The Enlightenment by dffhrtcv3

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									     The
Enlightenment
          What Was the
         Enlightenment?




The Enlightenment was an intellectual movement in
    Europe during the 18th century that led to
             a whole new world view.
       An Overview of the 18c
   Political History >>> Reform

   Intellectual History  Newtonian Physics
                          Reason

   Cultural History  Individualism

   Social History  Increased Literacy
                    “Age of Aristocracy”

   Economic History > Mercantilism
                       to Capitalism
               18c Politics
   BRITAIN – Constitutional Monarchy

   FRANCE  Royal Absolutism
              (cultural and religious unity)

   PRUSSIA, HABSBURG EMPIRE,
     RUSSIA  “Enlightened Despotism”

   OTTOMAN EMPIRE – traditional
                        empire
        An intellectual and cultural movement…

   The methods of natural science could be used to
    examine and understand all aspects of life.

   The scientific method was capable of discovering the
    laws of human society as well as those of nature.

   It was possible for humans to create better societies and
    better people. (progress)

   The enlightenment did not have much appeal for the
    poorer classes. They were just trying to survive and the
    enlight. threatened their popular beliefs.
The Characteristics of the Enlightenment

   Rationalism  reason is the arbiter of all
                  things.

   Cosmology  a new concept of man, his
                existence on earth, & the
                place of the earth in the
                universe.

   Secularism  application of the methods
                 of science to religion &
                 philosophy.
   Scientific Method
    – Mathematical analysis
    – Experimentation
    – Inductive reasoning.


   Tolerance  No opinion is worth
                  burning your neighbor
                  for.
   Optimism & Self-Confidence
    – The belief that man is intrinsically
      good.
    – The belief in social progress.


   Freedom
    – Of thought and expression.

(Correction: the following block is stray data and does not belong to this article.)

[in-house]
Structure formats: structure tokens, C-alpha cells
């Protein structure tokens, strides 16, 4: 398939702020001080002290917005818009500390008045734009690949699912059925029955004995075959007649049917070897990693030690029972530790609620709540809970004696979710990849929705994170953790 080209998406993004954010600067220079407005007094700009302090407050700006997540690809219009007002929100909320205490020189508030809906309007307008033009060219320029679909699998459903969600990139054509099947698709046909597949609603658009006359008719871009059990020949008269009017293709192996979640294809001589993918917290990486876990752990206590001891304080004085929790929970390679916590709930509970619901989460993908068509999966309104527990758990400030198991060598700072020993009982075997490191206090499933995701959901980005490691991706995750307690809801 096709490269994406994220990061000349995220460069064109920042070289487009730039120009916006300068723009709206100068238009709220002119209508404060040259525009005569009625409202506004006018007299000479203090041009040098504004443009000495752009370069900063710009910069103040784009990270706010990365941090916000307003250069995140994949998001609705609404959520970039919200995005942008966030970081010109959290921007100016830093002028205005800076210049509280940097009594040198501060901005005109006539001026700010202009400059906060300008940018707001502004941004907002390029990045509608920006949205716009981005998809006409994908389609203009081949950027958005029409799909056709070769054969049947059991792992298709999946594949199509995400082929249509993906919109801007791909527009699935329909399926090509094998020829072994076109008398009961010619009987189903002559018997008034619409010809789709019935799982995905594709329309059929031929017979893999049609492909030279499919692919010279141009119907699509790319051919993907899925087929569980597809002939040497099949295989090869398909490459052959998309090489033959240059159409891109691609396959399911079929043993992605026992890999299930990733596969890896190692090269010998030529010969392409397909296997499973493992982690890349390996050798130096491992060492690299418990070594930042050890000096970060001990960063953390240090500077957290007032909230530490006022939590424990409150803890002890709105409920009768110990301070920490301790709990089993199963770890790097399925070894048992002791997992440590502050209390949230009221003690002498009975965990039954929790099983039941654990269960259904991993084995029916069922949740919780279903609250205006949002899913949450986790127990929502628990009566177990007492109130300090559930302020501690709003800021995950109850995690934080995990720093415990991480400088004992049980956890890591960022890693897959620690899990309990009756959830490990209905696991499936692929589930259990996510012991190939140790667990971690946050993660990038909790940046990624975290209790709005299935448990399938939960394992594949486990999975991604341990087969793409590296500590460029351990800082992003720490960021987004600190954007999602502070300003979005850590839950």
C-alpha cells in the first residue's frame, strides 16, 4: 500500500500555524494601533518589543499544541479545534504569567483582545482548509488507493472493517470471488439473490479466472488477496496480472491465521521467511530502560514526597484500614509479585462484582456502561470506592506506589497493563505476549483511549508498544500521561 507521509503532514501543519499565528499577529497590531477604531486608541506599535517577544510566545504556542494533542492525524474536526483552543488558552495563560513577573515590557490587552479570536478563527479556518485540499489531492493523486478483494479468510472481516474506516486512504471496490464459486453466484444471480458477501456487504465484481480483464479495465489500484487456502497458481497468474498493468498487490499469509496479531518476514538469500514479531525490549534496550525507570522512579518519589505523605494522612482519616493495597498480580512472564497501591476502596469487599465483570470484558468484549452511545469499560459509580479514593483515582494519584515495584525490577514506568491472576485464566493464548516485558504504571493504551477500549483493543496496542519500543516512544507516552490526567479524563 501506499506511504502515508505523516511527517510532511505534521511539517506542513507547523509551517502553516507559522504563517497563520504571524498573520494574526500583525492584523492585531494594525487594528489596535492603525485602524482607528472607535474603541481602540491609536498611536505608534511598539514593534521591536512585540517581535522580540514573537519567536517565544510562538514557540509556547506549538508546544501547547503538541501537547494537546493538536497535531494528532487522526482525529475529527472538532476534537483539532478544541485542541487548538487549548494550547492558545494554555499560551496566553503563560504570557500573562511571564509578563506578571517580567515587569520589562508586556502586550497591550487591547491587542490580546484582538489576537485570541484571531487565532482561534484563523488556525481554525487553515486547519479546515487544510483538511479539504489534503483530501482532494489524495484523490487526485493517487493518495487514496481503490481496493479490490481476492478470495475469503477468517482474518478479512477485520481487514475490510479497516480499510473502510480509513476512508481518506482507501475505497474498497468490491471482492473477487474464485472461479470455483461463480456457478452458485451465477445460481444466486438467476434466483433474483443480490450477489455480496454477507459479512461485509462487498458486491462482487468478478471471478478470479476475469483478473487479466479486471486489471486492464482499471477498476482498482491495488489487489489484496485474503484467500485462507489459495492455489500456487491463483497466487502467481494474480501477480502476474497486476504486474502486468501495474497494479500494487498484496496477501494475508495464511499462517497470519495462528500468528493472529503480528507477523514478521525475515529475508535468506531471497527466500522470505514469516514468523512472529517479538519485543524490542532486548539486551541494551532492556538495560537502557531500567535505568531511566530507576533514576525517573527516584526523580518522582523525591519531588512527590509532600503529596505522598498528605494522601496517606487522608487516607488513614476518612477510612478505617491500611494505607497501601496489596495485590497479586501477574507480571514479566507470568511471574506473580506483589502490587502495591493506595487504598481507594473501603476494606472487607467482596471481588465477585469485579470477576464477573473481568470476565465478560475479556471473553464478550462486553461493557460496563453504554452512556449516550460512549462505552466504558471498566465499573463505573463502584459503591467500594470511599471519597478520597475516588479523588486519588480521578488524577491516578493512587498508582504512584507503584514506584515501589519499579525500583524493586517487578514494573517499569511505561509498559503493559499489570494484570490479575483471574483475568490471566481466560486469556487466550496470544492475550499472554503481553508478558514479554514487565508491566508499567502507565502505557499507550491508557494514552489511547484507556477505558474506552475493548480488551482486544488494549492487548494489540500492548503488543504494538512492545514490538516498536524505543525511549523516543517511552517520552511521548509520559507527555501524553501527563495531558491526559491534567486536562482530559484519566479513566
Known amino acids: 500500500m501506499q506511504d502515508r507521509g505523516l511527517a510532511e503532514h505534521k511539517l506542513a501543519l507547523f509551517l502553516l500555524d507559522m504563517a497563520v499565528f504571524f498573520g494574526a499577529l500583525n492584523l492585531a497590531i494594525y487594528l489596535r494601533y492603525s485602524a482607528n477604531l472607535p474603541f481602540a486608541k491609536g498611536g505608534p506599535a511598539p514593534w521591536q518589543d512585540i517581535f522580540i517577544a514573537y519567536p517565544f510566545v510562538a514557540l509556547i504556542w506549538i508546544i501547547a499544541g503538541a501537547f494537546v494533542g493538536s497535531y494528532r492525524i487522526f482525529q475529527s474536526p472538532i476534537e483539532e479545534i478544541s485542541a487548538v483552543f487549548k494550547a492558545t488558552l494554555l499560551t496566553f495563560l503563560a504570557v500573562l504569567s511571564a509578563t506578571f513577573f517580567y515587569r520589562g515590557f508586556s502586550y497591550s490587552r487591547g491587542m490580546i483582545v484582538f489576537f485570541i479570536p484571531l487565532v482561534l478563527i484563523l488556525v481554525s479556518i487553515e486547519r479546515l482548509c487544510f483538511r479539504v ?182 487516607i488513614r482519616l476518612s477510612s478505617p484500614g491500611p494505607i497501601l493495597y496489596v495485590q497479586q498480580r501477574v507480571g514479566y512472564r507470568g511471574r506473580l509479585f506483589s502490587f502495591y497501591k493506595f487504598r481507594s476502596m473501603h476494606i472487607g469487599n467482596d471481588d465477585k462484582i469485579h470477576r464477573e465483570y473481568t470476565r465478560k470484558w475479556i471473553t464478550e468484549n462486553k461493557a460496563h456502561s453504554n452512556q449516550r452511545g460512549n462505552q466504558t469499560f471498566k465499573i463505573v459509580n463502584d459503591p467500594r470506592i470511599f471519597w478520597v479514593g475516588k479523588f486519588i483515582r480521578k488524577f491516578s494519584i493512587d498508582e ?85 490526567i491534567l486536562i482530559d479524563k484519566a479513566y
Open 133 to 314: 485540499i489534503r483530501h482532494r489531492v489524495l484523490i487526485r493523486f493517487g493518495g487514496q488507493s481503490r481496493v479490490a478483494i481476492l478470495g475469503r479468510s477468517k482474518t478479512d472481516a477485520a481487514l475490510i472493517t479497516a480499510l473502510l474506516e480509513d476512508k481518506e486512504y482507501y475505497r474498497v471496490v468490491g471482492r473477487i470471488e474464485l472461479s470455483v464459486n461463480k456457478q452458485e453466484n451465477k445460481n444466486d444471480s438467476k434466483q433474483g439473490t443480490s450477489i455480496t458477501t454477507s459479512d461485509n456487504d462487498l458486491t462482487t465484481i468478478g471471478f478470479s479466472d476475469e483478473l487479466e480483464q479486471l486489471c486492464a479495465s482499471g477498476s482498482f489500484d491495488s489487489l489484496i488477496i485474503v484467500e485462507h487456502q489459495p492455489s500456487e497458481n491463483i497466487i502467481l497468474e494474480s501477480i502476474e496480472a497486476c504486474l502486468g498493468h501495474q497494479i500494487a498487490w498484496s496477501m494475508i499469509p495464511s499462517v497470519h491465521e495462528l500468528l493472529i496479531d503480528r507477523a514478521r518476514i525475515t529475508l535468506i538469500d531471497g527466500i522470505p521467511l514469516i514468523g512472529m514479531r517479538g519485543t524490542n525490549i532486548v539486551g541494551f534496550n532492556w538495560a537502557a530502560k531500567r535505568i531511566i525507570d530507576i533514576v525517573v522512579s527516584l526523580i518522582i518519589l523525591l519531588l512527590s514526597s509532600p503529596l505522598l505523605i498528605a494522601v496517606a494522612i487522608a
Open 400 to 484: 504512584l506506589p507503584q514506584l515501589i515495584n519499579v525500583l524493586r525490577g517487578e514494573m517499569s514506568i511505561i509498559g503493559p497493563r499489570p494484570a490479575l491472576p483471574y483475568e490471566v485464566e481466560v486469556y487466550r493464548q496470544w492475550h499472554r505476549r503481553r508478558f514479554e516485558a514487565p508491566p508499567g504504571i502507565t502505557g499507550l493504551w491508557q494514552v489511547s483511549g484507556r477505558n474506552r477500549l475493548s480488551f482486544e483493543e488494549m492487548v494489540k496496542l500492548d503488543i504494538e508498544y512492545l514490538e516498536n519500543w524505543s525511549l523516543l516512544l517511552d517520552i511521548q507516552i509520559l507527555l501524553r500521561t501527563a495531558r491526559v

– Bring liberty to all men (modern battle
      against absolutism).


   Education of the Masses
   Legal Reforms
    – Justice, kindness, and charity  no
      torture or indiscriminant incarceration.
    – Due process of law.


   Constitutionalism
    – Written constitutions  listing citizens,
      rights.
Enlightenment Principles
                                        Religion, tradition,
                                         and superstition
                                         limited
                                         independent
                                         thought
                                        Accept knowledge
                                         based on
                                         observation, logic,
                                         and reason, not on
                                         faith
                                        Scientific and
                                         academic thought
A   meeting of French Enlightenment     should be secular
               thinkers
Enlightenment Thinkers
                     The Philosophes
   French term for philosopher

   They were an influential group of intellectuals.

   Asked philosophical questions about the meaning of
    life, God, human nature, good and evil, cause and
    effect

   The philosophes brought Enlightenment ideas to the
    ignorant people and brought the Enlightenment to
    its highest stage of development in France.

                          video
Thomas Hobbes (1588–1679)
   Applied rational analysis
    to the study of
    government

   Attacked the concept of
    divine right, yet
    supported a strong
    monarchy

   Believed that humans
    were basically driven by
    passions and needed to
    be kept in check by a
    powerful ruler
John Locke (1632-1704)                        Letter on Toleration,
                                               1689

                                              Two Treatises of
                                               Government, 1690

                                              Some Thoughts
                                               Concerning
                                               Education, 1693